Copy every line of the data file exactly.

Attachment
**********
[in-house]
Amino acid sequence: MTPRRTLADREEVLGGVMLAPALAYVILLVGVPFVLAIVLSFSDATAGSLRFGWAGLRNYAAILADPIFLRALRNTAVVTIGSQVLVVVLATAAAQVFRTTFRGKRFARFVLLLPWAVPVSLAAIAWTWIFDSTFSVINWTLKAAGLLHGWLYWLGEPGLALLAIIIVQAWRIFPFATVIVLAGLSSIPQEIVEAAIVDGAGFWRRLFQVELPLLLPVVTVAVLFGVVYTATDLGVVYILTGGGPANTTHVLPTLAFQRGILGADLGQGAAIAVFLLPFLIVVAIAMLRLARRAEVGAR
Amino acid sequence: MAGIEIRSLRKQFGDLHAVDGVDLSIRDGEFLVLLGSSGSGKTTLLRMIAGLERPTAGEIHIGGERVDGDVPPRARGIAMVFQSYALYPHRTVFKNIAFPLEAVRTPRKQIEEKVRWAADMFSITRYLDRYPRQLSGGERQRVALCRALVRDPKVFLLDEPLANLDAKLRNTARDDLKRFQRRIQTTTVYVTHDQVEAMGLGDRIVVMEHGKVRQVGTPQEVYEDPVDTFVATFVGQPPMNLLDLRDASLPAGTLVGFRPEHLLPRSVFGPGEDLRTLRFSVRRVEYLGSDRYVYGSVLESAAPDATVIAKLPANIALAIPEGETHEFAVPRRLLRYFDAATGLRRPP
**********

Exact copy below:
[in-house]
Amino acid sequence: MTPRRTLADREEVLGGVMLAPALAYVILLVGVPFVLAIVLSFSDATAGSLRFGWAGLRNYAAILADPIFLRALRNTAVVTIGSQVLVVVLATAAAQVFRTTFRGKRFARFVLLLPWAVPVSLAAIAWTWIFDSTFSVINWTLKAAGLLHGWLYWLGEPGLALLAIIIVQAWRIFPFATVIVLAGLSSIPQEIVEAAIVDGAGFWRRLFQVELPLLLPVVTVAVLFGVVYTATDLGVVYILTGGGPANTTHVLPTLAFQRGILGADLGQGAAIAVFLLPFLIVVAIAMLRLARRAEVGAR
Amino acid sequence: MAGIEIRSLRKQFGDLHAVDGVDLSIRDGEFLVLLGSSGSGKTTLLRMIAGLERPTAGEIHIGGERVDGDVPPRARGIAMVFQSYALYPHRTVFKNIAFPLEAVRTPRKQIEEKVRWAADMFSITRYLDRYPRQLSGGERQRVALCRALVRDPKVFLLDEPLANLDAKLRNTARDDLKRFQRRIQTTTVYVTHDQVEAMGLGDRIVVMEHGKVRQVGTPQEVYEDPVDTFVATFVGQPPMNLLDLRDASLPAGTLVGFRPEHLLPRSVFGPGEDLRTLRFSVRRVEYLGSDRYVYGSVLESAAPDATVIAKLPANIALAIPEGETHEFAVPRRLLRYFDAATGLRRPP